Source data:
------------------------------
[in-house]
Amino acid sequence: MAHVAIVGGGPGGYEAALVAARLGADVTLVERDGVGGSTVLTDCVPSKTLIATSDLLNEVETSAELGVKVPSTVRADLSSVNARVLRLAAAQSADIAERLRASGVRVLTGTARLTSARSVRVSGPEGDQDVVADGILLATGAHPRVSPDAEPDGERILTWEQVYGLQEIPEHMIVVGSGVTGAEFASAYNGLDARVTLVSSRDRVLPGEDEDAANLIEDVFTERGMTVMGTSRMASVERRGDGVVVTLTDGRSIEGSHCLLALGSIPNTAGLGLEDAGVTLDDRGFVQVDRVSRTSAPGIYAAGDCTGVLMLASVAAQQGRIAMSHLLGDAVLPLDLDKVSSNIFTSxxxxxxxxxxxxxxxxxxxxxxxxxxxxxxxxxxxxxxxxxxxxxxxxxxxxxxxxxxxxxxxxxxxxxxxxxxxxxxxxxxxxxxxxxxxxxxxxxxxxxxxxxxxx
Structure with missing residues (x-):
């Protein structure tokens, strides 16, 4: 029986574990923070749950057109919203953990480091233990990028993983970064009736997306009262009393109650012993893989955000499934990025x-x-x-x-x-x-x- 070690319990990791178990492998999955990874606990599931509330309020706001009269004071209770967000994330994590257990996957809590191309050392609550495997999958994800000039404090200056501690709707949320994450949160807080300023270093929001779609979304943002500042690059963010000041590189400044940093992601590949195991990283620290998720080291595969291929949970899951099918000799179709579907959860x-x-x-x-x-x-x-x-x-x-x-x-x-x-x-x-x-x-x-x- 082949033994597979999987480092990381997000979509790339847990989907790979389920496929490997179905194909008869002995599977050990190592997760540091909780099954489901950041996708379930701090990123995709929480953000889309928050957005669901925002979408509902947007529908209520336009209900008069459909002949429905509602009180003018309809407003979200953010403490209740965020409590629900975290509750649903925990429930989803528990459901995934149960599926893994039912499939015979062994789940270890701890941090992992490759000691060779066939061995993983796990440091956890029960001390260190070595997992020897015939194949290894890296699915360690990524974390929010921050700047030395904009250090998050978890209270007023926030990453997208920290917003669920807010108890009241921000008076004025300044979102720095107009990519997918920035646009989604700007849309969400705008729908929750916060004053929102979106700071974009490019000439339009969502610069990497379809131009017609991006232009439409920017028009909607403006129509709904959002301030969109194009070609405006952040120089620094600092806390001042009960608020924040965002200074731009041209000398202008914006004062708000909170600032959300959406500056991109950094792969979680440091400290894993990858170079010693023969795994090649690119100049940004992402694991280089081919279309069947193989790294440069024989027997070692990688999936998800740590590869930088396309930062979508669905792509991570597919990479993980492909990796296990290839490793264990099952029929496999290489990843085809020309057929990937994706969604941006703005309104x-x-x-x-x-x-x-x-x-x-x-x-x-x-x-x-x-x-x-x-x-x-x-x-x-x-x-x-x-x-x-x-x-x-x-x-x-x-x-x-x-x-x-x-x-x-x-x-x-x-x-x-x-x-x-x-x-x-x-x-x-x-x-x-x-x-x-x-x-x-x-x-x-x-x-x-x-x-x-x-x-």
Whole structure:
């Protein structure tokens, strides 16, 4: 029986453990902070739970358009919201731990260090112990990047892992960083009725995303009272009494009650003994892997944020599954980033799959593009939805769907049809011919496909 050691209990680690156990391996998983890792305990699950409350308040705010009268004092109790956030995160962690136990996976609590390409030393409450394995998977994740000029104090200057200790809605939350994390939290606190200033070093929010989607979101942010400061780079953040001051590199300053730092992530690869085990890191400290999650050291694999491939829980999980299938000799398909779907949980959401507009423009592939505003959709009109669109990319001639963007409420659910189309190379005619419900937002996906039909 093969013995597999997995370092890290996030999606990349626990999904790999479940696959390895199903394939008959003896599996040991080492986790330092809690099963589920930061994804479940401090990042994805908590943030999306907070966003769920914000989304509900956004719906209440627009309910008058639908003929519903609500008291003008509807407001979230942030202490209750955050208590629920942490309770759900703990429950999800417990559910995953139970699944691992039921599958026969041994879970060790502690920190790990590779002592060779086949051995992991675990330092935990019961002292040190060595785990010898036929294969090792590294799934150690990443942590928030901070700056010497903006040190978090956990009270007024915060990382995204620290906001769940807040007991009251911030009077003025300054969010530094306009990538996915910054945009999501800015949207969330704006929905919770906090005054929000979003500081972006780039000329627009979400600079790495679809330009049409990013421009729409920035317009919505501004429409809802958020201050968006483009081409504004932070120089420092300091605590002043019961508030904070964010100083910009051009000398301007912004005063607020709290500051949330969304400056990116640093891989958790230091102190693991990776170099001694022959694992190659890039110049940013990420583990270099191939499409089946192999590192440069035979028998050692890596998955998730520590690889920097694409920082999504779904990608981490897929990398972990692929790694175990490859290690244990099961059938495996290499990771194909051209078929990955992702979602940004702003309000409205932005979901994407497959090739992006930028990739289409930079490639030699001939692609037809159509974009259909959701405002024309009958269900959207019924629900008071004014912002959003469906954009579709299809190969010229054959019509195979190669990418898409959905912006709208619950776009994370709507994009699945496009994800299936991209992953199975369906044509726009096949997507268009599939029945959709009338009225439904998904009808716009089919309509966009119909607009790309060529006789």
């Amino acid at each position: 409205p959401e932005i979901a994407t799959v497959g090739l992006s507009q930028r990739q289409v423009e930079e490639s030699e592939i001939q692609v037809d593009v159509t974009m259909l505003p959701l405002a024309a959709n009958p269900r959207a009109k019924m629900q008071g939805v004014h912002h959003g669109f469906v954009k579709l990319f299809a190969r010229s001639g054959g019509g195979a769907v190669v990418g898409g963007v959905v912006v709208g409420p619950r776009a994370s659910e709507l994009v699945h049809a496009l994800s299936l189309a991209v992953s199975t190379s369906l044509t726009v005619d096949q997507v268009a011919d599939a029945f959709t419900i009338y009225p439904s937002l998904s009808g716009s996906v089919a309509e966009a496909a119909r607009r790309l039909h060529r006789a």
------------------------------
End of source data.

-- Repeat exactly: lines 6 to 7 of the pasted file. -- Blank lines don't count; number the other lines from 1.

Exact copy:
């Protein structure tokens, strides 16, 4: 029986453990902070739970358009919201731990260090112990990047892992960083009725995303009272009494009650003994892997944020599954980033799959593009939805769907049809011919496909 050691209990680690156990391996998983890792305990699950409350308040705010009268004092109790956030995160962690136990996976609590390409030393409450394995998977994740000029104090200057200790809605939350994390939290606190200033070093929010989607979101942010400061780079953040001051590199300053730092992530690869085990890191400290999650050291694999491939829980999980299938000799398909779907949980959401507009423009592939505003959709009109669109990319001639963007409420659910189309190379005619419900937002996906039909 093969013995597999997995370092890290996030999606990349626990999904790999479940696959390895199903394939008959003896599996040991080492986790330092809690099963589920930061994804479940401090990042994805908590943030999306907070966003769920914000989304509900956004719906209440627009309910008058639908003929519903609500008291003008509807407001979230942030202490209750955050208590629920942490309770759900703990429950999800417990559910995953139970699944691992039921599958026969041994879970060790502690920190790990590779002592060779086949051995992991675990330092935990019961002292040190060595785990010898036929294969090792590294799934150690990443942590928030901070700056010497903006040190978090956990009270007024915060990382995204620290906001769940807040007991009251911030009077003025300054969010530094306009990538996915910054945009999501800015949207969330704006929905919770906090005054929000979003500081972006780039000329627009979400600079790495679809330009049409990013421009729409920035317009919505501004429409809802958020201050968006483009081409504004932070120089420092300091605590002043019961508030904070964010100083910009051009000398301007912004005063607020709290500051949330969304400056990116640093891989958790230091102190693991990776170099001694022959694992190659890039110049940013990420583990270099191939499409089946192999590192440069035979028998050692890596998955998730520590690889920097694409920082999504779904990608981490897929990398972990692929790694175990490859290690244990099961059938495996290499990771194909051209078929990955992702979602940004702003309000409205932005979901994407497959090739992006930028990739289409930079490639030699001939692609037809159509974009259909959701405002024309009958269900959207019924629900008071004014912002959003469906954009579709299809190969010229054959019509195979190669990418898409959905912006709208619950776009994370709507994009699945496009994800299936991209992953199975369906044509726009096949997507268009599939029945959709009338009225439904998904009808716009089919309509966009119909607009790309060529006789």
């Amino acid at each position: 409205p959401e932005i979901a994407t799959v497959g090739l992006s507009q930028r990739q289409v423009e930079e490639s030699e592939i001939q692609v037809d593009v159509t974009m259909l505003p959701l405002a024309a959709n009958p269900r959207a009109k019924m629900q008071g939805v004014h912002h959003g669109f469906v954009k579709l990319f299809a190969r010229s001639g054959g019509g195979a769907v190669v990418g898409g963007v959905v912006v709208g409420p619950r776009a994370s659910e709507l994009v699945h049809a496009l994800s299936l189309a991209v992953s199975t190379s369906l044509t726009v005619d096949q997507v268009a011919d599939a029945f959709t419900i009338y009225p439904s937002l998904s009808g716009s996906v089919a309509e966009a496909a119909r607009r790309l039909h060529r006789a």